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cryptocurrency blockchain fintech United Kingdom

The U.K.’s Cryptoassets Task Force has met for the first time this week, as the group moves to “develop thinking and policy” on how the United Kingdom should approach issues of cryptocurrency and blockchain.

The group, which was announced in March by Chancellor Philip Hammond, forms a major part of the U.K. government’s Fintech Sector Strategy, which carries the stated mission of making the United Kingdom “the best place for Fintech business.”

Details of their first meeting were posted on the Gov.uk website, which spelled out areas of agreement around the group’s aims and objectives. These include looking at whether new rules or regulations may be required around the space, as well as looking at the effect of cryptocurrencies on the financial system, the benefits and “challenges” of blockchain for the wider finance sector, and how policy could support realizing the benefits of the technology.

The task force draws on expertise from the U.K.’s main financial regulators, with representatives from the Financial Conduct Authority and the Bank of England among those driving forward the approach.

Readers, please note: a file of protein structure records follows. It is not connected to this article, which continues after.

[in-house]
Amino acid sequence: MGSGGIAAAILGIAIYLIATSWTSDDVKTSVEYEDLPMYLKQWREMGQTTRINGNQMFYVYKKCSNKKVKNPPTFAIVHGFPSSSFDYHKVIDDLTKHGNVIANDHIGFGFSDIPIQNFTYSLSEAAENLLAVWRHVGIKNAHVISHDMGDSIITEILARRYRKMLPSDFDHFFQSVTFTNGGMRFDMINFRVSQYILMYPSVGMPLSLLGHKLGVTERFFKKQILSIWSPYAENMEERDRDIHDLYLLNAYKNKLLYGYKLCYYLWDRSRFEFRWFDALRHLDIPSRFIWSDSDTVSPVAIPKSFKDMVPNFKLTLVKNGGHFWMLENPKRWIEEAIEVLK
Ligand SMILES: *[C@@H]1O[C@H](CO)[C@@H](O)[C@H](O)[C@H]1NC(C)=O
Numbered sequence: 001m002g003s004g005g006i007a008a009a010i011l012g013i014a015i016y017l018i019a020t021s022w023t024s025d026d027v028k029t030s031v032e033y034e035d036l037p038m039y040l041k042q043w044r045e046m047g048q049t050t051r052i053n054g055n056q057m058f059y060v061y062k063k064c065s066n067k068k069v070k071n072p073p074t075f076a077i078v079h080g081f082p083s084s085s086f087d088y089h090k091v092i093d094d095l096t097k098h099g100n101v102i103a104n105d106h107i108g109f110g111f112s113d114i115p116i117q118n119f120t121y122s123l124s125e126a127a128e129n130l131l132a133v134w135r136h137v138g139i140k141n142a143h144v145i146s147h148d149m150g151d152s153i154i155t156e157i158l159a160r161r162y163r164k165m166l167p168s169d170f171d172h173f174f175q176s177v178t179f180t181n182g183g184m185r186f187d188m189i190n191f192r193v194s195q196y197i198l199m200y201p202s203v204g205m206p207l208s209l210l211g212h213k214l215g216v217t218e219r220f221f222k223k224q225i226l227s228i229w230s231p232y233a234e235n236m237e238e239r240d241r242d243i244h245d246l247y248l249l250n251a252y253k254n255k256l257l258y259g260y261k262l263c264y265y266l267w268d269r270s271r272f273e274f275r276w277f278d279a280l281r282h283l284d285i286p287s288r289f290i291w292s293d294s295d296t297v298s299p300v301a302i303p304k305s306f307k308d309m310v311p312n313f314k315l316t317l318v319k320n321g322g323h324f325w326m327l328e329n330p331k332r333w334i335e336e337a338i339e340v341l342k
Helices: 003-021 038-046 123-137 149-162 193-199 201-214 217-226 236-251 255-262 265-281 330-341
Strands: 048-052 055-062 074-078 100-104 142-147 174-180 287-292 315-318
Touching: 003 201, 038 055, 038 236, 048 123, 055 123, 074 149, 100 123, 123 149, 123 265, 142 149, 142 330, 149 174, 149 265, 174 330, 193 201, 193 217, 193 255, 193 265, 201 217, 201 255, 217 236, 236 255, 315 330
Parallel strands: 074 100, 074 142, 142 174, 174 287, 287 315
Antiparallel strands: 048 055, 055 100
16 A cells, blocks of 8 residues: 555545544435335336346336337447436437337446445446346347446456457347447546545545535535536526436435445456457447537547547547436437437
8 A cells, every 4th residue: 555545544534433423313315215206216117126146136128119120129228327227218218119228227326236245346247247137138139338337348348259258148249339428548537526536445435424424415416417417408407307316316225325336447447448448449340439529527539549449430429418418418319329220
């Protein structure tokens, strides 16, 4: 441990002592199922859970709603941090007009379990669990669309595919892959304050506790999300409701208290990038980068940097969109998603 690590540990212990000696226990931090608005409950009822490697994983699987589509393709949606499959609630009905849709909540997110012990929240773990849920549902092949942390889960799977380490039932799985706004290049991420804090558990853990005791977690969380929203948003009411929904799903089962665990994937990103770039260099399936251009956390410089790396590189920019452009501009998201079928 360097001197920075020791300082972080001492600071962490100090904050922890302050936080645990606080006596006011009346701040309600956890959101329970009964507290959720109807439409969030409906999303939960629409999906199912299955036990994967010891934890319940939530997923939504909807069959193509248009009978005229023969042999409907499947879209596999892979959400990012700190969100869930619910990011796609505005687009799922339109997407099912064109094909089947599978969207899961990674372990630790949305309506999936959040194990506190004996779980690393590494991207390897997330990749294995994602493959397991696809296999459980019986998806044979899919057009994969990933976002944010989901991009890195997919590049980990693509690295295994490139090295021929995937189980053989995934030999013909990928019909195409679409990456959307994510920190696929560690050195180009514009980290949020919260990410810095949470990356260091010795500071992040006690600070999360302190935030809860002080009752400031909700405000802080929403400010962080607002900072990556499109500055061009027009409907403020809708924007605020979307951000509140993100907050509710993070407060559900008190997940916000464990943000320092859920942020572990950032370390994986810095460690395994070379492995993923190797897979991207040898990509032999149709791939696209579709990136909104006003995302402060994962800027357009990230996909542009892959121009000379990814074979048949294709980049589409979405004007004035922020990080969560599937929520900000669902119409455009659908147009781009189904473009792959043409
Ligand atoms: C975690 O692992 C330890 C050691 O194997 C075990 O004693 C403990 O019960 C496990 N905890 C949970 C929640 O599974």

Dave Ramsden, the deputy governor of the Bank of England, said the group will liaise with Treasury and FCA, as well as drawing on the bank’s own resources, in developing an effective response to these objectives.

"This task force will enable us to work closely with the Treasury and the FCA to explore how the opportunities posed by these technologies can be realized, while also tackling the risks arising from cryptoassets.”

The group is also expected to take representations from other stakeholders, including academics, investors, consumer representatives and trade organizations. Its first report is expected in Q3, with a roundtable discussion event scheduled for July.

It comes as the latest move by the U.K. government and the Bank of England in support of blockchain technology. In March, the bank announced tests over a real-time gross settlement system powered by blockchain. The bank concluded that while the technology was not yet “sufficiently mature,” it was nonetheless important to ensure any new system was compatible with distributed ledger technology with a view to the future.

“Although the bank has concluded that distributed ledger technology (DLT) is not yet sufficiently mature to provide the core for the next generation of RTGS, it places a high priority on ensuring that the new service is capable of interfacing with DLT as and when it is developed in the wider sterling markets.”